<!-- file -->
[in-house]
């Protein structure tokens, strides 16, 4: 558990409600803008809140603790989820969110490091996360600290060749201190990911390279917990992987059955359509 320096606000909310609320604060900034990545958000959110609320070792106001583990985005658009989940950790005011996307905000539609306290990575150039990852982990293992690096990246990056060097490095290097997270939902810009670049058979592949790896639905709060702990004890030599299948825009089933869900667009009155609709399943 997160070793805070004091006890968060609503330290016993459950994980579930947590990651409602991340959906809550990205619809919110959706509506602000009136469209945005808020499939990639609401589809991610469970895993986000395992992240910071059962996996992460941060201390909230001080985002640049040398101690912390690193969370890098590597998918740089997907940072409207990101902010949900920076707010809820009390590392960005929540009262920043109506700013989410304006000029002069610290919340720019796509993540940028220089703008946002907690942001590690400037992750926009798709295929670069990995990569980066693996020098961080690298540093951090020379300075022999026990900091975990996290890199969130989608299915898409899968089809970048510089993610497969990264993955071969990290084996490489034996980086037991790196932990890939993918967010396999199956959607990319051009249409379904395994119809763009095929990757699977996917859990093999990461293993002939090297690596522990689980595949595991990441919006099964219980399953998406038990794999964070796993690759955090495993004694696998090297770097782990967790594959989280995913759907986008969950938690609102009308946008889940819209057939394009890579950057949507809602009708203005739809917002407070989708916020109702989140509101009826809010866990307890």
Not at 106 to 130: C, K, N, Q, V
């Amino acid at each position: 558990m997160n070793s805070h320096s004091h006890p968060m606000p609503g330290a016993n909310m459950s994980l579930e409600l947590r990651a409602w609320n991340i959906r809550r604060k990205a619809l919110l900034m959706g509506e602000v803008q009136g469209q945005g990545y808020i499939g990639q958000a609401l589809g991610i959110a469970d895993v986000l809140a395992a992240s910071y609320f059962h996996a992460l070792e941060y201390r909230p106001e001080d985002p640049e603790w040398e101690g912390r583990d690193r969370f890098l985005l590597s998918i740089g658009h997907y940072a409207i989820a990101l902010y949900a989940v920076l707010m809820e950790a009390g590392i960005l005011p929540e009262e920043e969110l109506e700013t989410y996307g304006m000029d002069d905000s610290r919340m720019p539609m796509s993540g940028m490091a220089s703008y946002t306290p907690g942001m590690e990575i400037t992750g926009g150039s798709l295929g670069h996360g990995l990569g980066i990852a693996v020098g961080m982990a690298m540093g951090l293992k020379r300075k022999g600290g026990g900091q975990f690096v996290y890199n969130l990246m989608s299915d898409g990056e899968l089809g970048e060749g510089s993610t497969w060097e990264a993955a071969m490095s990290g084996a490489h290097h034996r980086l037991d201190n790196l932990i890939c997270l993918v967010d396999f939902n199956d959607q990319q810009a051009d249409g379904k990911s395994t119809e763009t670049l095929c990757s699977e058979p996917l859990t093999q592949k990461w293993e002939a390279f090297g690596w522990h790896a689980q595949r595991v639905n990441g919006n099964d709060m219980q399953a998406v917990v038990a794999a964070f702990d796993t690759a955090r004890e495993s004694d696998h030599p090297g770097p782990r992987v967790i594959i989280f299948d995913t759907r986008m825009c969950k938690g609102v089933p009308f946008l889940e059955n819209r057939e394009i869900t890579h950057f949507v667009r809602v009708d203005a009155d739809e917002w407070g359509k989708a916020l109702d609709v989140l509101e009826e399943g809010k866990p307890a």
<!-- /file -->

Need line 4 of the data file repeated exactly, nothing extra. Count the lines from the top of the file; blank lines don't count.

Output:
């Amino acid at each position: 558990m997160n070793s805070h320096s004091h006890p968060m606000p609503g330290a016993n909310m459950s994980l579930e409600l947590r990651a409602w609320n991340i959906r809550r604060k990205a619809l919110l900034m959706g509506e602000v803008q009136g469209q945005g990545y808020i499939g990639q958000a609401l589809g991610i959110a469970d895993v986000l809140a395992a992240s910071y609320f059962h996996a992460l070792e941060y201390r909230p106001e001080d985002p640049e603790w040398e101690g912390r583990d690193r969370f890098l985005l590597s998918i740089g658009h997907y940072a409207i989820a990101l902010y949900a989940v920076l707010m809820e950790a009390g590392i960005l005011p929540e009262e920043e969110l109506e700013t989410y996307g304006m000029d002069d905000s610290r919340m720019p539609m796509s993540g940028m490091a220089s703008y946002t306290p907690g942001m590690e990575i400037t992750g926009g150039s798709l295929g670069h996360g990995l990569g980066i990852a693996v020098g961080m982990a690298m540093g951090l293992k020379r300075k022999g600290g026990g900091q975990f690096v996290y890199n969130l990246m989608s299915d898409g990056e899968l089809g970048e060749g510089s993610t497969w060097e990264a993955a071969m490095s990290g084996a490489h290097h034996r980086l037991d201190n790196l932990i890939c997270l993918v967010d396999f939902n199956d959607q990319q810009a051009d249409g379904k990911s395994t119809e763009t670049l095929c990757s699977e058979p996917l859990t093999q592949k990461w293993e002939a390279f090297g690596w522990h790896a689980q595949r595991v639905n990441g919006n099964d709060m219980q399953a998406v917990v038990a794999a964070f702990d796993t690759a955090r004890e495993s004694d696998h030599p090297g770097p782990r992987v967790i594959i989280f299948d995913t759907r986008m825009c969950k938690g609102v089933p009308f946008l889940e059955n819209r057939e394009i869900t890579h950057f949507v667009r809602v009708d203005a009155d739809e917002w407070g359509k989708a916020l109702d609709v989140l509101e009826e399943g809010k866990p307890a």